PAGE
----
hide Matching Documents

The documents where this entity occurs most often are shown below. Click on a document to open it.

Document Max. Freq Min. Freq
A Dictionary of Greek and Roman biography and mythology (ed. William Smith) 83 83 Browse Search
Frank Frost Abbott, Commentary on Selected Letters of Cicero 13 13 Browse Search
M. Tullius Cicero, Epistulae ad Familiares (ed. L. C. Purser) 13 13 Browse Search
M. Tullius Cicero, Letters to Atticus (ed. L. C. Purser) 4 4 Browse Search
Knight's Mechanical Encyclopedia (ed. Knight) 3 3 Browse Search
Frank Frost Abbott, Commentary on Selected Letters of Cicero 2 2 Browse Search
J. B. Greenough, Benjamin L. D'Ooge, M. Grant Daniell, Commentary on Caesar's Gallic War 2 2 Browse Search
Titus Livius (Livy), Ab Urbe Condita, books 5-7 (ed. Benjamin Oliver Foster, Ph.D.) 1 1 Browse Search
M. Annaeus Lucanus, Pharsalia (ed. Sir Edward Ridley) 1 1 Browse Search
J. B. Greenough, G. L. Kittredge, Select Orations of Cicero , Allen and Greenough's Edition. 1 1 Browse Search
View all matching documents...

Browsing named entities in J. B. Greenough, G. L. Kittredge, Select Orations of Cicero , Allen and Greenough's Edition.. You can also browse the collection for 51 BC or search for 51 BC in all documents.

Your search returned 2 results in 2 document sections:

J. B. Greenough, G. L. Kittredge, Select Orations of Cicero , Allen and Greenough's Edition., Life of Cicero. (search)
ius led to the appointment of Pompey as consul without colleague See p. 170, below. (practically dictator), in B.C. 52. One of his acts was to pass a law postponing the provincial administration of consuls and praetors until five years after their year of office. The interval was to be filled by such former magistrates as had never held a province. Among these was Cicero, who therefore had to submit to the lot. He drew Cilicia, in which an inroad of the Parthians was expected. About May I, B.C. 51, he set out for this province. His administration was in accord with the principles expressed in his writings,—clean and honest,—a thing worthy of notice in an age of corruption and greed. He had the good fortune to escape the test of a formidable war, but he was successful in overcoming some tribes of plundering mountaineers. For this he was hailed as imperator, according to custom, and he even hoped for the honor of a triumph, the highest conventional distinction which a Roman could obtai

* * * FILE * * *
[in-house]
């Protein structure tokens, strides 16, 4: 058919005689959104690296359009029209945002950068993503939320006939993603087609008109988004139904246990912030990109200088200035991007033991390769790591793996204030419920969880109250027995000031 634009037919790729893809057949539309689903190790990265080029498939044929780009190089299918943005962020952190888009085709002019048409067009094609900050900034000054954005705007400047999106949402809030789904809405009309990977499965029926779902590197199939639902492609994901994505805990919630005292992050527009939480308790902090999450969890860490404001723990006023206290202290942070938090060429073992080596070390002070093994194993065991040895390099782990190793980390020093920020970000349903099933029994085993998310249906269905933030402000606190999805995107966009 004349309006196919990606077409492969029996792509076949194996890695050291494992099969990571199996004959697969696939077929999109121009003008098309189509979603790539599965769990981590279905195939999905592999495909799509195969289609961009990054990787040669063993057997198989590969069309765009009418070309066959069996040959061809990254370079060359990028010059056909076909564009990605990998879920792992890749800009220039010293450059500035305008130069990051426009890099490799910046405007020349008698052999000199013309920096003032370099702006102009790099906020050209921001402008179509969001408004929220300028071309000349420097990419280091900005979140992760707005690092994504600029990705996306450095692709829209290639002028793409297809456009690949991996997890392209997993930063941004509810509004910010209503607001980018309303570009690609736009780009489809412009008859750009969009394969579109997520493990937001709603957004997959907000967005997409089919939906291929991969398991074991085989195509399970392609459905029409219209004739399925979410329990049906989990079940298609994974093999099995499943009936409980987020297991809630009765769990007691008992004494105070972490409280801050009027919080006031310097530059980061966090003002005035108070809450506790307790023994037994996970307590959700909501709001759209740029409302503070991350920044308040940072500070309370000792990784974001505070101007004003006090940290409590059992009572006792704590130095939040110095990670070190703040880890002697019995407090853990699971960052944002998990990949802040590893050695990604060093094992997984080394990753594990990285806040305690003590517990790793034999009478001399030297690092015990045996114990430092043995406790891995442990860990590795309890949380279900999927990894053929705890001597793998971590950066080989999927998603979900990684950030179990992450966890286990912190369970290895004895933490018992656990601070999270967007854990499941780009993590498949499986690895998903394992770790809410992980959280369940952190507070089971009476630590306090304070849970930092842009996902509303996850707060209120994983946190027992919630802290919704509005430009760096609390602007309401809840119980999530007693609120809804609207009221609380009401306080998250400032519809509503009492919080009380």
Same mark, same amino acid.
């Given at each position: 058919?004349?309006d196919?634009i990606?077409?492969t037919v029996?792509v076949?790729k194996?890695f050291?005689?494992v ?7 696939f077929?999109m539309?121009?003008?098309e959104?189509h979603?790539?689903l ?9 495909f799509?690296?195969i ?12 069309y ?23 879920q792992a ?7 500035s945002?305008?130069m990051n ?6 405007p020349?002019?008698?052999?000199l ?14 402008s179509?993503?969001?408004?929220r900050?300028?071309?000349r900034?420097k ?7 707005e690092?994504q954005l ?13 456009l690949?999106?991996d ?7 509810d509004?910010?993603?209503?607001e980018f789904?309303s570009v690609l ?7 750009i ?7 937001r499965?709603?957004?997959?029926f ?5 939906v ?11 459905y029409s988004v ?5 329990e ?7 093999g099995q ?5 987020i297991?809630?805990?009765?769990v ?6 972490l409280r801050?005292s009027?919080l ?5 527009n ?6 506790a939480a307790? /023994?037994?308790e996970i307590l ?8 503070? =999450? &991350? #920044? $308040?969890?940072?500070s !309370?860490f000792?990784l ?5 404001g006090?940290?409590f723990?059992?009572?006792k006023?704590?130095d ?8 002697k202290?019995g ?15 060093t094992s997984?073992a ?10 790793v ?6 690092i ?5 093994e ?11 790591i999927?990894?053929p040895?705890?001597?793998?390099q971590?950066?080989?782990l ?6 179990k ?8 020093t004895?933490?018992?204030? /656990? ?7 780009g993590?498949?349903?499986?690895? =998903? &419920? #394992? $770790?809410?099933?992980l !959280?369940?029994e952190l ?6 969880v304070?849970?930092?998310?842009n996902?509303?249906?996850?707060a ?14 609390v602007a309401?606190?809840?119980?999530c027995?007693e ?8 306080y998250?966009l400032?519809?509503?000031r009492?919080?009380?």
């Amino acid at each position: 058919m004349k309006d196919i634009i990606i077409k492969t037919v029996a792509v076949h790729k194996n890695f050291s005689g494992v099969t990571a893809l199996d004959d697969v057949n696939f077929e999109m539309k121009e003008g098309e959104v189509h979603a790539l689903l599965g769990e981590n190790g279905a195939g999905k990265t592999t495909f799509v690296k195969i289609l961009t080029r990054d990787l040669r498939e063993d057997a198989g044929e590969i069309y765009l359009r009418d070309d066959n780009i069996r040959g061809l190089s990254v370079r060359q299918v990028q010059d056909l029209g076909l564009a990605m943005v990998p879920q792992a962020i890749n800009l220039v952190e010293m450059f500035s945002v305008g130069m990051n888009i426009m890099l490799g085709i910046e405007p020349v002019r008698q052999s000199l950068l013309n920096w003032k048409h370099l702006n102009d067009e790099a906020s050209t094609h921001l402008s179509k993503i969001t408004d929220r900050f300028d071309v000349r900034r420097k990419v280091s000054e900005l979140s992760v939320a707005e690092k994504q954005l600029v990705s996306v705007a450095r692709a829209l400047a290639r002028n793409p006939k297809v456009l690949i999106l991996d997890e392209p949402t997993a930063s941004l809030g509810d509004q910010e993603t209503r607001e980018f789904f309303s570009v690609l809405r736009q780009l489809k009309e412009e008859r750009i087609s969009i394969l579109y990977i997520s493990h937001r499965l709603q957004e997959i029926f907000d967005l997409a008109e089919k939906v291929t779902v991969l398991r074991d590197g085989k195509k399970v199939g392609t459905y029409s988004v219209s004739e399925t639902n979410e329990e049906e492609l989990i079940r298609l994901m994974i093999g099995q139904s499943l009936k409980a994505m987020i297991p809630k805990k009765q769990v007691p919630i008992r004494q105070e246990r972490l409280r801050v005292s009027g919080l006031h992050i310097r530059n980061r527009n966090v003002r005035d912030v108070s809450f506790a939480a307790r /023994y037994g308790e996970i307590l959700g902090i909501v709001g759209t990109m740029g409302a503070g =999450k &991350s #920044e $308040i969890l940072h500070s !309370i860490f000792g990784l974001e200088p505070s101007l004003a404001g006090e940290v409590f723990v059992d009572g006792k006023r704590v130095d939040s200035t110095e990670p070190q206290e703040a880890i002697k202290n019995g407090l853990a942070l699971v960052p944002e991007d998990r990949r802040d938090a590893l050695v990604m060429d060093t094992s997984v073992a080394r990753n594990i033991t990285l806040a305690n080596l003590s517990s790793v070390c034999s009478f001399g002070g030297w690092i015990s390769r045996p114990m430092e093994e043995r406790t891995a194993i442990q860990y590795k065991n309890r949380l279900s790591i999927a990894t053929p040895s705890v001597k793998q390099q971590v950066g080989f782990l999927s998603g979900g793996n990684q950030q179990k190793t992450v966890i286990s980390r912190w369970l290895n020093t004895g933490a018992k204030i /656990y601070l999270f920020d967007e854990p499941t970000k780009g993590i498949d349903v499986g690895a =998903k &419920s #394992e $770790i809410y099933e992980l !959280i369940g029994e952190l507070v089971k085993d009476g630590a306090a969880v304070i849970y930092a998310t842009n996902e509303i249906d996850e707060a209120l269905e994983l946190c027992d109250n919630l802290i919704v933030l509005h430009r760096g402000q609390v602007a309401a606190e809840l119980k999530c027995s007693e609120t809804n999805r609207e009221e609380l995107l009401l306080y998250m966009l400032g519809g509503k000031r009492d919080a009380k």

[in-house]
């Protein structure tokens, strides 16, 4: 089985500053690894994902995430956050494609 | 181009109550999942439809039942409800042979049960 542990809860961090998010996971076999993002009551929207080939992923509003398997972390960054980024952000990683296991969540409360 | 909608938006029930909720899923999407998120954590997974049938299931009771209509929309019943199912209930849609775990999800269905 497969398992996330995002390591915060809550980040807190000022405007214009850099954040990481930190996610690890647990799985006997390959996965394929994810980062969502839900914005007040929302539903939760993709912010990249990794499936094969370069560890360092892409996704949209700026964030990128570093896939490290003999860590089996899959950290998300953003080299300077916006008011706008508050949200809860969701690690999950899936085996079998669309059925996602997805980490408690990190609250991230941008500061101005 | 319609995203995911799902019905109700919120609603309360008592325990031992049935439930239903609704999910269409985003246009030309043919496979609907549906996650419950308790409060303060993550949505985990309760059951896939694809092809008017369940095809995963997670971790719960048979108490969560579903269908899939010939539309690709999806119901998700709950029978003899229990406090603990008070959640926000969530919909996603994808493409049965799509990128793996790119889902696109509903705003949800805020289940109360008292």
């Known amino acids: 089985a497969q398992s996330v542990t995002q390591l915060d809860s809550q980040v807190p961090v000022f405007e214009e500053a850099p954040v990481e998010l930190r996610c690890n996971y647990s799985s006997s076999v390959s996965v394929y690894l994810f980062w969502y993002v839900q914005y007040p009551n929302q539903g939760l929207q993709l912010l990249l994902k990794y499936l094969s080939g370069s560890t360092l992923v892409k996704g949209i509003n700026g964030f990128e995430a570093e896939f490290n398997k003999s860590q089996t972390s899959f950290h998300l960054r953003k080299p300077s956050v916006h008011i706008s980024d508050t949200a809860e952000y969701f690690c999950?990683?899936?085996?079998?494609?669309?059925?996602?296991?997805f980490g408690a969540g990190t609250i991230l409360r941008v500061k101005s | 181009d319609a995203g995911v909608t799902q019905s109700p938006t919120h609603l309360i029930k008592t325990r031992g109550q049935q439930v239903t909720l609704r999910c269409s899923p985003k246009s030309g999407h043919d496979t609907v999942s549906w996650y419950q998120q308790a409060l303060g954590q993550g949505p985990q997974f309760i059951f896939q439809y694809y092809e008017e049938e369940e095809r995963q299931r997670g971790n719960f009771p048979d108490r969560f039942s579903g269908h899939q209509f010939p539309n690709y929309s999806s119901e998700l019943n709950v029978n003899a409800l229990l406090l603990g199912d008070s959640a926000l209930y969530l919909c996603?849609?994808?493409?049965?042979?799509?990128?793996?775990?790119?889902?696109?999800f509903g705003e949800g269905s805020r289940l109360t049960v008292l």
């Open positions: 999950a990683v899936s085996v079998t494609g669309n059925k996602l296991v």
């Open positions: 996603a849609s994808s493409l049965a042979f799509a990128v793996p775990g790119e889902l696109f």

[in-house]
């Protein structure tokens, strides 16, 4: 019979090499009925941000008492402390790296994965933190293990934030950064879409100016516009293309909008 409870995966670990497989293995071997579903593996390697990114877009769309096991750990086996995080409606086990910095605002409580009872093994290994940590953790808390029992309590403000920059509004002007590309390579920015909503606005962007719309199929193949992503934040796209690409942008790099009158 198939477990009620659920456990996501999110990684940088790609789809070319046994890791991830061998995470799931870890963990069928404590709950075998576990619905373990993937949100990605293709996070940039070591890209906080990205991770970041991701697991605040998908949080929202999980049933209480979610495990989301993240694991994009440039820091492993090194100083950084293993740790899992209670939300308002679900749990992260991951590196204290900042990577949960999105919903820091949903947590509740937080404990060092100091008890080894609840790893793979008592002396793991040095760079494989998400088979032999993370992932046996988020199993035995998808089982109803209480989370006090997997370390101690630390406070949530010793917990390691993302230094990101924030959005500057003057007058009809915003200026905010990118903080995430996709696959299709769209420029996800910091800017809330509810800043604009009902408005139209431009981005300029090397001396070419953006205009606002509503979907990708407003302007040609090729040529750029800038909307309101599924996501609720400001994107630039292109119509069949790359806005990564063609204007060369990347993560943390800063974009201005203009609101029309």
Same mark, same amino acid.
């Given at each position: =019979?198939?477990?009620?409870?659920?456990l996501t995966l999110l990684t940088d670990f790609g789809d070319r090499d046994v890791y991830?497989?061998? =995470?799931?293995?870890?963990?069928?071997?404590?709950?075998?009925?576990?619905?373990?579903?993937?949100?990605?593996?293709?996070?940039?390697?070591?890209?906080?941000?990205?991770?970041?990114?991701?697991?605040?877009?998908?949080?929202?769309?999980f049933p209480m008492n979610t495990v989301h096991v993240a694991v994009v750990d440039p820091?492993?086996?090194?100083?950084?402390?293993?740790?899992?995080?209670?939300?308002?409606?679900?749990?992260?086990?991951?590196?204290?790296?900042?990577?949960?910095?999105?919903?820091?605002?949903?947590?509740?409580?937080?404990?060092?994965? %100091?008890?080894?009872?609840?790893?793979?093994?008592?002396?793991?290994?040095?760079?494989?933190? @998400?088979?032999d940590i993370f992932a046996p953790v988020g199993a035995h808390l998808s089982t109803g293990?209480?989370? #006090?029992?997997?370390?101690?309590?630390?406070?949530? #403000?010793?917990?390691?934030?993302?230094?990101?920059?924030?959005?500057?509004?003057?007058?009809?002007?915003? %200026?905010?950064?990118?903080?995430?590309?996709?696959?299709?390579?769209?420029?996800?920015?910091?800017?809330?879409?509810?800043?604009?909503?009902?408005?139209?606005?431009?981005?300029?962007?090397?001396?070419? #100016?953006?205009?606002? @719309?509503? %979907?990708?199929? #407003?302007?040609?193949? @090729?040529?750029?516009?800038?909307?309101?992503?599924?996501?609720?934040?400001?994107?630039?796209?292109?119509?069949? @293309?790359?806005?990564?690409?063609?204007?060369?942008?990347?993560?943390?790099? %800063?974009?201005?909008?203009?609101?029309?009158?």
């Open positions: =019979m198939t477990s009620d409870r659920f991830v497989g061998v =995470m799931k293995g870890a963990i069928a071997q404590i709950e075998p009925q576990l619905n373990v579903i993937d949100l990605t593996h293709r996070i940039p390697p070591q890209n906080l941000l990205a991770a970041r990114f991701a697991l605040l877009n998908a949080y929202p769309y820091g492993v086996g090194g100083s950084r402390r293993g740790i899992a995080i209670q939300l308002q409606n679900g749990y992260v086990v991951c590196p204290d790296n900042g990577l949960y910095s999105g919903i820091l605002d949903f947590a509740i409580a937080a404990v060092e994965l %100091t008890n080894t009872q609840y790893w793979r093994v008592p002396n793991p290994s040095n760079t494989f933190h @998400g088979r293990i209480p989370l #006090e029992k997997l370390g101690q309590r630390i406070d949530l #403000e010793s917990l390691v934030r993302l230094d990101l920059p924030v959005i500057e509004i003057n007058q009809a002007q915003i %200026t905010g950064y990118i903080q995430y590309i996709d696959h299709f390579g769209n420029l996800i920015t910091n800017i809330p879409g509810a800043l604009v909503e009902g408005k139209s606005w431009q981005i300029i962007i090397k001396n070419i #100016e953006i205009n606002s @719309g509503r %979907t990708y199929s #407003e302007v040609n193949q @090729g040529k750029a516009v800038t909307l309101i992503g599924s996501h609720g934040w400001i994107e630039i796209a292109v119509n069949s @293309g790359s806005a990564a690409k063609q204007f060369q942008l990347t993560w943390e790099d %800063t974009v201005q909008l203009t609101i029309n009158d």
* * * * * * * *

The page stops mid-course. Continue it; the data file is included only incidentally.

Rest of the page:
J. B. Greenough, G. L. Kittredge, Select Orations of Cicero , Allen and Greenough's Edition., chapter 8 (search)
hose wishes you see clearly by their silence? The Latin idiom is quite different: why do you wait for the expressed opinion (auctoritatem) of [those] speaking whose wishes you see [when] silent? huic, this.. . here: the demonstrative pronouns are often thus employed in the so-called deictic use, accompanied by a gesture. Sestio: a member of the aristocratic party whom Cicero afterwards defended in one of his greatest orations. M. Marcello: a prominent member of the aristocracy, consul B.C. 51; not to be confounded with the person of the same name mentioned in sect. 19. He took a leading part in the Civil War against Caesar, and was afterwards defended by Cicero (see p.213)-jam, by this time. consuli, consul as I ant. in templo, i.e. notwithstanding the sacredness of the place. vim et manus (hendiadys), violent hands. cum quiescunt, i.e. by keeping quiet: § 549, a (326, a); G. 582; H. 599(517,2); H-B. 551. videlicet cara, alluding to his demand to have the matter submit